Matt Yglesias takes a break from blogging about politics and the NBA playoffs (yawn) to discuss something truly interesting: foreign teen mags, in particular Jeune & Jolie from France. Yglesias points out the smattering of Franglish throughout the magazine, wondering what happened to the vaunted cultural protectionism of the Fifth Republic. Based entirely on his examples though, I began to detect a trend—English is used whenever there seemed to be an editorial attempt to inject excitement into some concept. So perhaps English has succeeded in becoming the international language of marketing hype. So far from undermining the French cultural ministry, it could be part of its devious plan to make all conversations conducted in English worldwide seem trivial and somewhat dubious. Everything said in English will have to be regarded with the same skepticism you’d bring to any piece of ad copy. Americans abroad will find it hard to get people to take them seriously, because they will sound like Teen Beat to foreign ears whenever they begin to speak. (Something similar seems to be going on in America vis-a-vis Australia. Australian-ness for some reason seem to function in American culture as an all-purpose signifier for unlettered, unfettered uncouthness. Think of the advertisements for Foster’s—it’s Australian for beer—which prompted a friend of mine to say, “Australia, it’s American for stupid.)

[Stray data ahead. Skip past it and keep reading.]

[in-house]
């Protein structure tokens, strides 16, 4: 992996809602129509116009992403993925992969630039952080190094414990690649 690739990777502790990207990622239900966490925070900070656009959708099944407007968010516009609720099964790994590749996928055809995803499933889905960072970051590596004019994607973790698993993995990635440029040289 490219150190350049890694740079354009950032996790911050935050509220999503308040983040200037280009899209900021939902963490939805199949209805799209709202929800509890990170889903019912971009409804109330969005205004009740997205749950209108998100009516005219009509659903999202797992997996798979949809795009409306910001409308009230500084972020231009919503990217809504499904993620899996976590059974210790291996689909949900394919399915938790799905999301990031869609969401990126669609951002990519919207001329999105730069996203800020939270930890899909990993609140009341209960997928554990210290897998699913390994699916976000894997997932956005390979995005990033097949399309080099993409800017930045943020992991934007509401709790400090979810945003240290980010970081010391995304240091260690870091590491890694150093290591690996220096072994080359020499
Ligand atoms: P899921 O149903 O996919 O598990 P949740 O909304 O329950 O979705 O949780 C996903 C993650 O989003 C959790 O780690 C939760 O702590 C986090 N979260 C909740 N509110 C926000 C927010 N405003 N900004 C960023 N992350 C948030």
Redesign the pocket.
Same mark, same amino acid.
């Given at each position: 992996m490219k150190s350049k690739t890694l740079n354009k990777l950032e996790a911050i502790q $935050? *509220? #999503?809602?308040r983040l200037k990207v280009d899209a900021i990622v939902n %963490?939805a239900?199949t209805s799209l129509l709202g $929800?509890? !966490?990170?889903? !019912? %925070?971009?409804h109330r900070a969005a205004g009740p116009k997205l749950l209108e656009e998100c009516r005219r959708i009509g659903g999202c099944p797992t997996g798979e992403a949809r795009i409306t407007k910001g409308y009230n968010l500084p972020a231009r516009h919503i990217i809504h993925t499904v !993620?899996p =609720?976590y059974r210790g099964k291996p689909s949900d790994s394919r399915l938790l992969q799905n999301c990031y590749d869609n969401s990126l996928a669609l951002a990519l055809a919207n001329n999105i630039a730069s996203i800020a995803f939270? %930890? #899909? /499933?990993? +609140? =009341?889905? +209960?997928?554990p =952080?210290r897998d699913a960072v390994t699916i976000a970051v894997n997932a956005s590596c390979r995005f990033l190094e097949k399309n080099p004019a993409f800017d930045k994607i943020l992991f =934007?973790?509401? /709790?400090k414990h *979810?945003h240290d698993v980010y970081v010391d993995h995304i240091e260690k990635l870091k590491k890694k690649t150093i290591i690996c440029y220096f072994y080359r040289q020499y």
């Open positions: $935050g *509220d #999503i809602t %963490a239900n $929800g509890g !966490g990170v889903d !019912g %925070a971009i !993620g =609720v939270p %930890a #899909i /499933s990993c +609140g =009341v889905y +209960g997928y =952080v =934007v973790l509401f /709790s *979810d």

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// Moving Pixels
"This week we take a look at the themes and politics of This Is the Police.READ the article